The opposite of pride and antidote to pride is humility — to humble yourself. A member of a church of which I was once part , used to start every prayer, “All the problems in the world start with me.” I will never forget that. Before I point the finger at anyone else I remember that I am the problem with the world. Why? For I carry pride like a disease.

So where does humility come from? How can we be humble? Well, firstly, it starts with recognising that we carry pride — admitting to ourselves and to God that we have the tendency or the ability to put ourselves first.  Then, it is about choices. There is the well known, anonymous quote, that life is a series of choices. Each choice represents a moment of opportunity. We need to be conscious of those choices.  I know that many of the many choices I make each day are subconscious an I am not aware that I am making the wrong choice, therefore we need to become conscious. This is what it means to gain a conscience or to be mindful — it is to be aware of the morality of our choice.

Humility is being mindful of our choices — seeing those choices as an opportunity to put God, others, or the environment first — then choosing that option, however, we cannot do it on our own. Thank God his Spirit can live in us and guide us in all truth!

Repentance is admitting and committing. It is admitting we have put ourselves first, and committing to put ourselves last. This is why the confession part of our worship is so important. It is not just about saying sorry and being forgiven. It is making a decision; a commitment to putting God, others, and the environment first.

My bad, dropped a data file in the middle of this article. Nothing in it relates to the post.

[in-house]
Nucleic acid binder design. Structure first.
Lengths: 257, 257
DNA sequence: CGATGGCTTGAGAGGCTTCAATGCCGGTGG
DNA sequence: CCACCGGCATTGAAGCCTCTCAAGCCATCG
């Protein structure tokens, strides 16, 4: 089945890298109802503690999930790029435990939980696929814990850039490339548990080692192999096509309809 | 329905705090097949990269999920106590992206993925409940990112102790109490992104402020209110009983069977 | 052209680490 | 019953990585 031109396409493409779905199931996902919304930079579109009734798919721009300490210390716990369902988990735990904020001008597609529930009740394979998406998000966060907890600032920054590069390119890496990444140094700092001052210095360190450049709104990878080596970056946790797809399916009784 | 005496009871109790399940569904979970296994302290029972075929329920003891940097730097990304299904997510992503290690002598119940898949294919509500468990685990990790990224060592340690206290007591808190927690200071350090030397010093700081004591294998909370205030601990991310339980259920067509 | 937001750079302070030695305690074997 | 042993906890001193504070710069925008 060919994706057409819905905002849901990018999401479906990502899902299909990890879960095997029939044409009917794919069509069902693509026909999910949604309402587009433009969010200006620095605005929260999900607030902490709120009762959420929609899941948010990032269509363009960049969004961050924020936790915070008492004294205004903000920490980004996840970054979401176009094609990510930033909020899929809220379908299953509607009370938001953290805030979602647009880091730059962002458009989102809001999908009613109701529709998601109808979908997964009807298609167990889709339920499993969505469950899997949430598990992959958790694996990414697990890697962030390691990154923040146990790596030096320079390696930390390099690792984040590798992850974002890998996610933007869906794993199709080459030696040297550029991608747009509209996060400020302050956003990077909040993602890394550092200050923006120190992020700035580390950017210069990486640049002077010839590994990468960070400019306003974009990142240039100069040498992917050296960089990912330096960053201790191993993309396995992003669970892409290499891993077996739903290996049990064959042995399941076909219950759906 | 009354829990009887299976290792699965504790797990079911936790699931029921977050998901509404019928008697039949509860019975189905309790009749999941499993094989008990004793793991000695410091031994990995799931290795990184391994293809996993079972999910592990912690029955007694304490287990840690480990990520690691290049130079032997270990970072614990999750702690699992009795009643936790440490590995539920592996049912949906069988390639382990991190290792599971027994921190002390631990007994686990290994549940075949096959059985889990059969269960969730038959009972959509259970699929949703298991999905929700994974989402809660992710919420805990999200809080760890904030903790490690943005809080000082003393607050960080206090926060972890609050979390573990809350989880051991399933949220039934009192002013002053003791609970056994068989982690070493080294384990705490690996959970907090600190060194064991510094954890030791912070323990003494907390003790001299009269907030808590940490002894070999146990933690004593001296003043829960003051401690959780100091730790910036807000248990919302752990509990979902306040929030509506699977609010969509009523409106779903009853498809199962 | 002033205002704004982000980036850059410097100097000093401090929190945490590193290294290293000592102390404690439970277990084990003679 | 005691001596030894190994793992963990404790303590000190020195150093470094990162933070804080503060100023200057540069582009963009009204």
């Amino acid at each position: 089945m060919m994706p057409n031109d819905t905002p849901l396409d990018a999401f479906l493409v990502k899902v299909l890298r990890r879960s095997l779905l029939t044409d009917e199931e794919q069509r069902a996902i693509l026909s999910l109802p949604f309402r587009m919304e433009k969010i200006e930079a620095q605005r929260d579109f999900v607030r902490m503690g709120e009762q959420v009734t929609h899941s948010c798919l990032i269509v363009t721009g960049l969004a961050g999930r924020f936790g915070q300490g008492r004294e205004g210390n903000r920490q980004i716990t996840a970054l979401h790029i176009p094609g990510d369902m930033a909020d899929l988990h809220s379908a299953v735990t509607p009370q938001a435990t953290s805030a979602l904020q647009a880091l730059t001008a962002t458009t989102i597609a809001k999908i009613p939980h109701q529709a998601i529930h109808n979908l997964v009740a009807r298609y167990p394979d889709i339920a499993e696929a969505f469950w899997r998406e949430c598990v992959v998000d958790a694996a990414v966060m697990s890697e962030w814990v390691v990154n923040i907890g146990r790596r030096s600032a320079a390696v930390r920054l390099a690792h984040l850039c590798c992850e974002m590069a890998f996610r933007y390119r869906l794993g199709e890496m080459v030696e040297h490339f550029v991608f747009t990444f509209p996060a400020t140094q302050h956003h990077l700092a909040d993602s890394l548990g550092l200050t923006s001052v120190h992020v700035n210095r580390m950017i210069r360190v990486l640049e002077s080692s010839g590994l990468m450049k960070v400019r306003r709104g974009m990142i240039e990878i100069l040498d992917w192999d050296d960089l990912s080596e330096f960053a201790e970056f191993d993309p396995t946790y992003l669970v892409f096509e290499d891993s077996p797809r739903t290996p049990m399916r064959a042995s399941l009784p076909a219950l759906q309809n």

So, let us get on our knees and say, “I am sorry God for my sin, for putting myself first, for not loving you or my neighbour, and not being a good steward of creation. I am sorry for not worshipping or honouring you. I am sorry for the trail of broken relationships I have left in my wake. I am sorry for trashing your precious creation. Therefore, right now, I resolve to put you first. I commit to being your servant and to putting others first. I set my heart on looking out for your creation. Holy Spirit, cleanse me, make me new, and guide me. Amen.”

I will finish with two quotes. The first is from another favourite Delirious song. Its inspiration is Isaiah 6: Verse 5 when Isaiah sees the Lord. Martin Smith, the composer of the song, wants revival to come — a renewing and restoring of our relationship with God, others, and the world.

Lord send revival, start with me. 
For I am one of unclean lips.
For my eyes have seen the king
And your glory I have glimpsed
Send revival, start with me.

The second quote is is from Philippians 2:1-7.

If then there is any encouragement in Christ, any consolation from love, any sharing in the Spirit, any compassion and sympathy, make my joy complete: be of the same mind, having the same love, being in full accord and of one mind. Do nothing from selfish ambition or conceit, but in humility regard others as better than yourselves. Let each of you look not to your own interests, but to the interests of others. Let the same mind be in you that was in Christ Jesus, who, though he was in the form of God, did not regard equality with God as something to be exploited, but emptied himself, taking the form of a slave, being born in human likeness. And being found in human form, he humbled himself and became obedient to the point of death — even death on a cross. Therefore God also highly exalted him and gave him the name that is above every name, so that at the name of Jesus every knee should bend, in heaven and on earth and under the earth, and every tongue should confess that Jesus Christ is Lord, to the glory of God the Father.

Amen.